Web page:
March 23 • 03:07 PM

Mopping up the mess

From Main Street to farmers' fields wet weather takes toll across area

Passenger vehicles resemble diving submarines as they drive under viaduct on M-53 in Imlay City last Wednesday. Heavy rain flooded the area, closing roads and swamping basements and farm fields. photo by Randy Jorgensen.

June 24, 2009
TRI-CITY AREA — Time and receding flood waters are telling the damage heavy rains caused in the area last Wednesday (June 17) for everyone from homeowners and farmers to businesses and municipalities.

According to the National Weather Service and personal accounts, precipitation totals ranged from four inches in Attica to seven inches in Imlay City.

On Monday, the Lapeer County Road Commission was still fixing washouts, farmers were assessing their fields and others were mopping up the excess water.

In Capac, the historical society appears to have suffered the most damage. A sanitary sewer backup in the Kempf Historical Centre flooded the building, ruining the carpet.

"It could have been a lot worse...I think we saved the walls," Society President John Grzyb said on Thursday while looking at the nearly empty building, save for a few fans.

With the help of Mussey Twp. firefighters and several neighbors, society members were able to move many of their valuable items out of the water's way.

Unfortunately, it appeared that the society's insurance policy wouldn't cover the cost for new flooring. He hopes the Kempf Centre can be up and running again in time for their July 17-19 second annual quilt show. Anyone who'd like to help the museum with purchasing their new flooring, can contact them at 395-2859.

Mussey Fire Chief Don Standel said that in addition to lending a hand at the museum, he and his department kept busy with various calls on Wednesday including pumping water off of Main St. near the Main Street Villa and inspecting a Cade Road home with a flooded basement and damaged wall.

"We told the homeowners it wasn't livable until they had a building inspection," Standel said.

His department also assisted the Imlay City Fire Department with pumping water from the swollen Belle River at M-21 and Fairgrounds roads further downstream.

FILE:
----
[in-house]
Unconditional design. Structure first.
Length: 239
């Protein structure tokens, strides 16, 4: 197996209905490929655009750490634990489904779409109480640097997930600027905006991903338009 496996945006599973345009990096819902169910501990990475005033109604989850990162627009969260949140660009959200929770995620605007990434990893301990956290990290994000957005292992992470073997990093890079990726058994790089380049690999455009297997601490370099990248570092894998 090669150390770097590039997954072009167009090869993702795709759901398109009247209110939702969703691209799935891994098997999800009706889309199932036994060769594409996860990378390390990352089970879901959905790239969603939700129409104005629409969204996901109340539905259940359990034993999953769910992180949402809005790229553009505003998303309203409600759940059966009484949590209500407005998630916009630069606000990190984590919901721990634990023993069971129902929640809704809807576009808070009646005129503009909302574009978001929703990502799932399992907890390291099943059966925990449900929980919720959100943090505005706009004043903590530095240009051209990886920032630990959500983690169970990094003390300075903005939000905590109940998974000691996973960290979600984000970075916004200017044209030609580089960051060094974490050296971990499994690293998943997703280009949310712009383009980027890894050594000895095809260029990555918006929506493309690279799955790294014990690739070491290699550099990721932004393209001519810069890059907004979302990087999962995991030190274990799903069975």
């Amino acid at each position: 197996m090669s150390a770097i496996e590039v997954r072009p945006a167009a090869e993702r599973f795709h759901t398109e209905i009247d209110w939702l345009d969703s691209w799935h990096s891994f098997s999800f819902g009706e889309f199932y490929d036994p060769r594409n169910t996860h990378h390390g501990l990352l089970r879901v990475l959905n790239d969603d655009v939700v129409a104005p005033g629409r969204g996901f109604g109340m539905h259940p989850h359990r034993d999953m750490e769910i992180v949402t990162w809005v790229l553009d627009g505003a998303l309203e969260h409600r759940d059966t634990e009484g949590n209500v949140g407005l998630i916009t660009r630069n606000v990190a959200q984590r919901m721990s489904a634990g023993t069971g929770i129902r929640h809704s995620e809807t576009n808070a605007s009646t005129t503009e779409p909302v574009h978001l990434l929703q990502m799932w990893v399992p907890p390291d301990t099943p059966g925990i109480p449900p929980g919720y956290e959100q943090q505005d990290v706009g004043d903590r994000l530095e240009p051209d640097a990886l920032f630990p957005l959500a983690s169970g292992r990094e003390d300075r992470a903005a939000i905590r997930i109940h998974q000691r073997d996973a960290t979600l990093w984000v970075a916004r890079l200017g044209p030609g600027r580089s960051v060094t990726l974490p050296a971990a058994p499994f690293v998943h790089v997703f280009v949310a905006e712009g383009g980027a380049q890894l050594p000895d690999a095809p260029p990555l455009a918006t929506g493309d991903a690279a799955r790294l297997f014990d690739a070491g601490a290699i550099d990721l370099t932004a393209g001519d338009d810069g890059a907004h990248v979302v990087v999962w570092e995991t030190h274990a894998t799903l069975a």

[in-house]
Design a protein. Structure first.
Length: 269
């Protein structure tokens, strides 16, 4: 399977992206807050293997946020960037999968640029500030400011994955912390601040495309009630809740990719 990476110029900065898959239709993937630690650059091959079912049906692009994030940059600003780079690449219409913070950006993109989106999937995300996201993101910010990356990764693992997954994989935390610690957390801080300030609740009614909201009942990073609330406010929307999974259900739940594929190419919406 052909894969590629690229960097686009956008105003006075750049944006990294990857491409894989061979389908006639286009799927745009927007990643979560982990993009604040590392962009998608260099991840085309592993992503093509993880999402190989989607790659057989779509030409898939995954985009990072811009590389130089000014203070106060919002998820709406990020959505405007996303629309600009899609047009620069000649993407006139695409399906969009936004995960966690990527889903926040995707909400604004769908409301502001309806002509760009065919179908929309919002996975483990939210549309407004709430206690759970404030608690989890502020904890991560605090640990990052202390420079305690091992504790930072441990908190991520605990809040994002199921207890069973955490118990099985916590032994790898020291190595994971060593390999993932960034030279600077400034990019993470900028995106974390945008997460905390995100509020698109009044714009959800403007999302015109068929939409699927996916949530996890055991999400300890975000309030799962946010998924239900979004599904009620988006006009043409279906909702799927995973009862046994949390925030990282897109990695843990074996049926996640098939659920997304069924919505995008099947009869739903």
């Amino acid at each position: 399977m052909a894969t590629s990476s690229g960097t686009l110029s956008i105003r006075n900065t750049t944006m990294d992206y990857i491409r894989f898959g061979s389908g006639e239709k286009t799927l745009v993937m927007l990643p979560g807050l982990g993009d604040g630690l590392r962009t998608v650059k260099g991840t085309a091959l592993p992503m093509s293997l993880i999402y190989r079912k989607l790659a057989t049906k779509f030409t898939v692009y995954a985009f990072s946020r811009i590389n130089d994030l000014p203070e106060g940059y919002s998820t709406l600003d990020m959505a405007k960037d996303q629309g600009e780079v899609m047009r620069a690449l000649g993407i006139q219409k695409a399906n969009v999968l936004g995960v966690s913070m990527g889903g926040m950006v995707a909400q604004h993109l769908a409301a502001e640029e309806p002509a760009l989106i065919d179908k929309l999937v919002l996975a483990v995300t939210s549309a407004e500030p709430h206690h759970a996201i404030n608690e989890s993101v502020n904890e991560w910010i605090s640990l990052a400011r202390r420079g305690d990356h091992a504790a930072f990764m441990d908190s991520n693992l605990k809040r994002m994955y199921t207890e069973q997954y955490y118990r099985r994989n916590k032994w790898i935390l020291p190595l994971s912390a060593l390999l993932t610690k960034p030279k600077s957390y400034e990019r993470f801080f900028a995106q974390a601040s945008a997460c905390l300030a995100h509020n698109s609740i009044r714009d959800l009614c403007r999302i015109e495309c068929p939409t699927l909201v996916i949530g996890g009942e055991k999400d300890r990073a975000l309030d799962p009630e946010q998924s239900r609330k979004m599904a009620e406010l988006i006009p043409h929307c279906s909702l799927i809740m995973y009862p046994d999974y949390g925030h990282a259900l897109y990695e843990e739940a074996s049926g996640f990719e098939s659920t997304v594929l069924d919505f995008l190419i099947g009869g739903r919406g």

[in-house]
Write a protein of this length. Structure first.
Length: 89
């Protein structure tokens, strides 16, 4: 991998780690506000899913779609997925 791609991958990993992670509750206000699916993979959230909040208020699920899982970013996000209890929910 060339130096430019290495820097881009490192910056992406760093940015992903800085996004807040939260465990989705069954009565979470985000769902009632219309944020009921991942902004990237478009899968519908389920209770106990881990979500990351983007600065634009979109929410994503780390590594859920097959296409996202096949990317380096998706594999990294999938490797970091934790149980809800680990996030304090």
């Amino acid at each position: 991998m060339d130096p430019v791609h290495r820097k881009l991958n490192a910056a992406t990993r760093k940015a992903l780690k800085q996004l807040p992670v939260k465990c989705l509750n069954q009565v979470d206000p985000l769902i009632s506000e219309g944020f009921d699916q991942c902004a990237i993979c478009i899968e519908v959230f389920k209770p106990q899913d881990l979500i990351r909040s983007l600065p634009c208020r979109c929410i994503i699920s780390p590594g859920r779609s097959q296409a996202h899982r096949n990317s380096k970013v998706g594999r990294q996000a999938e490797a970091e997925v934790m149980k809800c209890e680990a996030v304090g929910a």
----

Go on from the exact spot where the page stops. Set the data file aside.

Elsewhere in Imlay City, the city's waste water treatment plant struggled to keep up with all the water, and lost some equipment to water damage, City Manager Amy Planck said.

In Almont, where the wastewater treatment plant has been subject to recent overflows, problems were few, said Village Manager Gerald Oakes.

Carrot fields on Pennell Road in Imlay Twp. still had standing water as of Monday morning.
"Our guys worked very hard to keep things from overflowing and they were able to handle the situation," said Oakes.

He added that while Wednesday's rainfall was steady, less fell in Almont than in some of the neighboring communities.

"We only had about three-and-a-half inches," said Oakes.

Throughout the day, motorists in the Tri-City area had to navigate flooded roads.

According to the Lapeer County Road Commission, they closed Bohlman Road in Dryden Township, between Sutton and Hollow Corners, and Newark Road between Atwell and Birch roads until crews could replace failed cross tubes.

Local growers will have to wait for their fields to dry out before they can really assess the damage.

Brian Kinzer of Helena, a seed and fertilizer company in Imlay City, said it appears the worst of the flooding was found along the Belle River and I-69 corridor—from south of Bowers Road to south of I-69.

"There are a lot of high dollar crops in those areas," Kinzer said.

It depends on the type of crop and a field's maturity, but most can stand being waterlogged for no more than 24 hours.

"But all in all, if they're underwater it's pretty devastating," he said.

Unfortunately it's also getting late in the season to replant.

Staff writer Tom Wearing contributed to this report.

Castle Creek
03 - 23 - 19
Site Search

Thanks for visiting Tri City Times
Chemical Bank